A little over two years ago, Valve and Razer announced a partnership for their Sixense high-precision motion controllers. During CES 2010, attendees were able to experiment with a prototype motion controller from Sixense to control Left 4 Dead 2. Sixense TrueMotion controllers were later released by Razer last June as the Razer Hydra.
Now you're thinking with controllers.
This Game Developers Conference (GDC) fast forwards us to almost a year after the launch of the Razer Hydra. The price for the controller has dropped $40 to $99.99 at some point between then and now. Valve has also announced that support would be extended from Portal 2 and Left 4 Dead 2 to include Half-Life 2, Team Fortress 2 and upcoming Dota 2 and Counter-Strike: Global Offensive.
The fishiest part of this whole announcement involves the Steam Box rumor from a few days ago. Valve appears to be very focused on the best portions of console gaming for the PC all of a sudden. I could easily see motion controls be used to support The Steam Box or whatever it might be called -- especially if it were used for more than just gaming and by more than just gamers.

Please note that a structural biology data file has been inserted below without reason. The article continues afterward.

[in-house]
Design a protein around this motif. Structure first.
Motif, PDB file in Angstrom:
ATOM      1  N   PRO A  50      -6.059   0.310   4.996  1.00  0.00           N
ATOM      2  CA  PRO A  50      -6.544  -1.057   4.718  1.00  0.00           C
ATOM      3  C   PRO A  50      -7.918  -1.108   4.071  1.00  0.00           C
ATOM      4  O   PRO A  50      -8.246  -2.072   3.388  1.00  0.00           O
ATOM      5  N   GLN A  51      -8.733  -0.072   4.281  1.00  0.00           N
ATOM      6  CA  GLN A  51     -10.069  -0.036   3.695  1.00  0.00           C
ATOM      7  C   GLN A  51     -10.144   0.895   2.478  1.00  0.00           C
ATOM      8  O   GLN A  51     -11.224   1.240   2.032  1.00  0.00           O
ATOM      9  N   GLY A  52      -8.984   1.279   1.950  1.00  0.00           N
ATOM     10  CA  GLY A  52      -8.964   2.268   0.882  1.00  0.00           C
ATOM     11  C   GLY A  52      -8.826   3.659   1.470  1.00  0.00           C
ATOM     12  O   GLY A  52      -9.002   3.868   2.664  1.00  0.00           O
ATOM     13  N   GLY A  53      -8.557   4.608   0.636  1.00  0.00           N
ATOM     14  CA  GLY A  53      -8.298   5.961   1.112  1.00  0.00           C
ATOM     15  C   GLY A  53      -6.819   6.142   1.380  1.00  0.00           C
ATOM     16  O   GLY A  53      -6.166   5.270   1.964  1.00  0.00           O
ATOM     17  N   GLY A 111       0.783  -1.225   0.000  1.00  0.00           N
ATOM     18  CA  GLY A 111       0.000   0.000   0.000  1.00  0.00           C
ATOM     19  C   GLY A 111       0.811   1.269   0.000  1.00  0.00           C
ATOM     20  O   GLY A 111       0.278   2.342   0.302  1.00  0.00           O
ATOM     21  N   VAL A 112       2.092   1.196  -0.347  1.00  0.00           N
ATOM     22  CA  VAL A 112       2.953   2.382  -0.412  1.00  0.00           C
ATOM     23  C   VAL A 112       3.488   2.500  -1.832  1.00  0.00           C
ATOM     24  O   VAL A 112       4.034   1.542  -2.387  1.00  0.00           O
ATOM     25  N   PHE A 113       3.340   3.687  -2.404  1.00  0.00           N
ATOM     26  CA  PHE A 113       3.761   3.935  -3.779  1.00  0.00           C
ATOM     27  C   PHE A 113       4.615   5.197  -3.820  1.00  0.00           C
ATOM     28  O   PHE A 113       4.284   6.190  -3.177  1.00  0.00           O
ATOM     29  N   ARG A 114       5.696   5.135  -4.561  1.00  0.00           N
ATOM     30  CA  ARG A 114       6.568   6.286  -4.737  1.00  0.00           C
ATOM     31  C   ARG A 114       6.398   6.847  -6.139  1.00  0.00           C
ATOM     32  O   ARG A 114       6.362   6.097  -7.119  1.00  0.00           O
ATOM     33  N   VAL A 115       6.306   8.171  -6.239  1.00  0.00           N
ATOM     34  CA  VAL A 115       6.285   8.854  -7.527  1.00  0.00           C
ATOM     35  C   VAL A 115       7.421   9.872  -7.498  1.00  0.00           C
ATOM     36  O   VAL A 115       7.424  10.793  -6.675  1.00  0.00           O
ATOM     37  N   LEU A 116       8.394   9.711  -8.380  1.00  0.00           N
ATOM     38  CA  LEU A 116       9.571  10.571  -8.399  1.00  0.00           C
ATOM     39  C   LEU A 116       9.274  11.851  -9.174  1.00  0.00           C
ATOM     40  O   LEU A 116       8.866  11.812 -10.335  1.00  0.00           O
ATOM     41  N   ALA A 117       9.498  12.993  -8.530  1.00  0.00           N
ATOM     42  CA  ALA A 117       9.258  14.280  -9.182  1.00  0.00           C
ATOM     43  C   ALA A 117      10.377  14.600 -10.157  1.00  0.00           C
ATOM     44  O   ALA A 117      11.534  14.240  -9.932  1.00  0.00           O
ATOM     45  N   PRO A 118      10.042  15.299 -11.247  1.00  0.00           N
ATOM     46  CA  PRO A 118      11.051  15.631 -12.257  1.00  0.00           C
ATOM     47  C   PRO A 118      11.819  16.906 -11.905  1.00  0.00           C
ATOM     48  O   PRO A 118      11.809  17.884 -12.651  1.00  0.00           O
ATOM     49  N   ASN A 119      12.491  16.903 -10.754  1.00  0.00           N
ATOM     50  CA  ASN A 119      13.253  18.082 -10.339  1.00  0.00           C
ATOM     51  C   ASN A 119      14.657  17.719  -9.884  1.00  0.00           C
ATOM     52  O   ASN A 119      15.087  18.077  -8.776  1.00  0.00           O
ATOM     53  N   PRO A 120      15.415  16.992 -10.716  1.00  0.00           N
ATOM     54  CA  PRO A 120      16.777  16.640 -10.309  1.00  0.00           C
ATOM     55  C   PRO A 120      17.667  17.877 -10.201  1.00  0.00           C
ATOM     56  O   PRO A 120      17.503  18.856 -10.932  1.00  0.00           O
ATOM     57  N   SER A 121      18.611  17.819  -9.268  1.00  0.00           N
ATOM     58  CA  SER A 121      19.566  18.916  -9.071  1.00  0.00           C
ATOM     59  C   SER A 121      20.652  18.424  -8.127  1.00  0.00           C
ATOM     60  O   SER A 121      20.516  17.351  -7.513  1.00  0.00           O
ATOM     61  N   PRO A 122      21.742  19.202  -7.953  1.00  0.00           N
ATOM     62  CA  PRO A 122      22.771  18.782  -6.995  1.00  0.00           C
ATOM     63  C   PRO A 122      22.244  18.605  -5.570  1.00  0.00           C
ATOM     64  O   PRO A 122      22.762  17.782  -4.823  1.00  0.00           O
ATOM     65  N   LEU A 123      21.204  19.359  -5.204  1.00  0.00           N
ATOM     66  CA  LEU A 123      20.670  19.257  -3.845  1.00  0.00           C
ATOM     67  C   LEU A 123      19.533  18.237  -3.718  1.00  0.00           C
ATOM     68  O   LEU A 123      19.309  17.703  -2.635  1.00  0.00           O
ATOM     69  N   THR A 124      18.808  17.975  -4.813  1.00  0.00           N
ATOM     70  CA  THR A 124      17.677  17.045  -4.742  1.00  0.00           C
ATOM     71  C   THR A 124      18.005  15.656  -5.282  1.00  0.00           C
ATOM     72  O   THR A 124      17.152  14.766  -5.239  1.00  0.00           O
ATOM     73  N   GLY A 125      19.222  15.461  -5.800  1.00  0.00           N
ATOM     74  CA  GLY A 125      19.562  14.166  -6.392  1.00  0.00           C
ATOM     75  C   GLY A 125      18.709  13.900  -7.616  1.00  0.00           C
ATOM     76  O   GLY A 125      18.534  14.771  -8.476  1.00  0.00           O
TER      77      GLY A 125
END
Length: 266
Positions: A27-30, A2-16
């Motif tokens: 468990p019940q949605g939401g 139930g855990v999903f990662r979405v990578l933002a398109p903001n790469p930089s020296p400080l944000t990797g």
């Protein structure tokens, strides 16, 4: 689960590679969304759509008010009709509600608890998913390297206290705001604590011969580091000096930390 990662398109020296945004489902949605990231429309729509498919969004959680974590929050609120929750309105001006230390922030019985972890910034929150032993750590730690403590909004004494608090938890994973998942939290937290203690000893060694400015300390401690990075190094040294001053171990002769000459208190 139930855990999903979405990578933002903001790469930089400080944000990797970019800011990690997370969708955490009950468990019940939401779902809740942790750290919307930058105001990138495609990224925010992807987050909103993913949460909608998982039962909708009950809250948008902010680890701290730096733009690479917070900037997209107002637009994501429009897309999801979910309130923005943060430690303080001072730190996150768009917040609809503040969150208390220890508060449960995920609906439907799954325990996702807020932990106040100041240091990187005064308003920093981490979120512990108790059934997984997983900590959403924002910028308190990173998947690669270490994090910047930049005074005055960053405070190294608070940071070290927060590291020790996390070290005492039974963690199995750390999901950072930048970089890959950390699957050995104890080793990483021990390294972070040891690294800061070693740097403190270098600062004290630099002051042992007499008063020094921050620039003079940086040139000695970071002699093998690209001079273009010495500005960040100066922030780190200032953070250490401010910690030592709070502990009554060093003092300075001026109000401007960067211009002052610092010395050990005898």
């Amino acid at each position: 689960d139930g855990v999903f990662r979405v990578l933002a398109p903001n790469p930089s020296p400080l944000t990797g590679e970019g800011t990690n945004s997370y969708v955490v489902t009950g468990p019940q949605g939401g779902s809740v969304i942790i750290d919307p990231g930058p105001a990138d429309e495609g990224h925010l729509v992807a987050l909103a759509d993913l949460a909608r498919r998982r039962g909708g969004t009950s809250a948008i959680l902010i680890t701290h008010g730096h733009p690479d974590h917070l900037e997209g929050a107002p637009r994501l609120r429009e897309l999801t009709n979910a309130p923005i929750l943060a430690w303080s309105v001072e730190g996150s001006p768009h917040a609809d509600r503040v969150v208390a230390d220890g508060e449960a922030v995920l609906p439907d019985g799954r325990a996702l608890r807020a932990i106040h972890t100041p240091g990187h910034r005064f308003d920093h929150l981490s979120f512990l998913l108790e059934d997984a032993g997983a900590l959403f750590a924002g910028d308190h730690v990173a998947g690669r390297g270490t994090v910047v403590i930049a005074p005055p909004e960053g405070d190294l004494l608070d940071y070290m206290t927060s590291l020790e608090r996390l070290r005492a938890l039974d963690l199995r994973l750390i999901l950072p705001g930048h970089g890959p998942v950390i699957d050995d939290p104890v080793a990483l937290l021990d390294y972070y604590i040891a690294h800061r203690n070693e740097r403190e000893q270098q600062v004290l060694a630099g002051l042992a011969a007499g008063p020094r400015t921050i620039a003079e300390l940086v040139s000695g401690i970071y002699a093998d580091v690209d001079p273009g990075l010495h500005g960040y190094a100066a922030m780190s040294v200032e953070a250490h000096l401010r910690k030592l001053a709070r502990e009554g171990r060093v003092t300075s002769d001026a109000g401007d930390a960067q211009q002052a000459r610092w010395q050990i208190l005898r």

So what do you all think?
Subject: Editorial, General Tech, Systems, Shows and Expos | March 3, 2012 - 05:16 PM | Scott Michaud
Tagged: valve, Steam Box, steam, GDC 12
It is rumored that Valve will announce a Steam hardware platform as early as GDC next week although that could be pushed back as late as E3 in June.
Steam has grown atop the PC platform and consists of over 40 million active user accounts. For perspective, the Xbox 360 has sold 65.8 million units to date and that includes units sold to users whose older Xbox 360s died and they did not go the cardboard coffin route. Of course the study does not account for the level of hardware performance each user can utilize although Valve does keep regular surveys of that.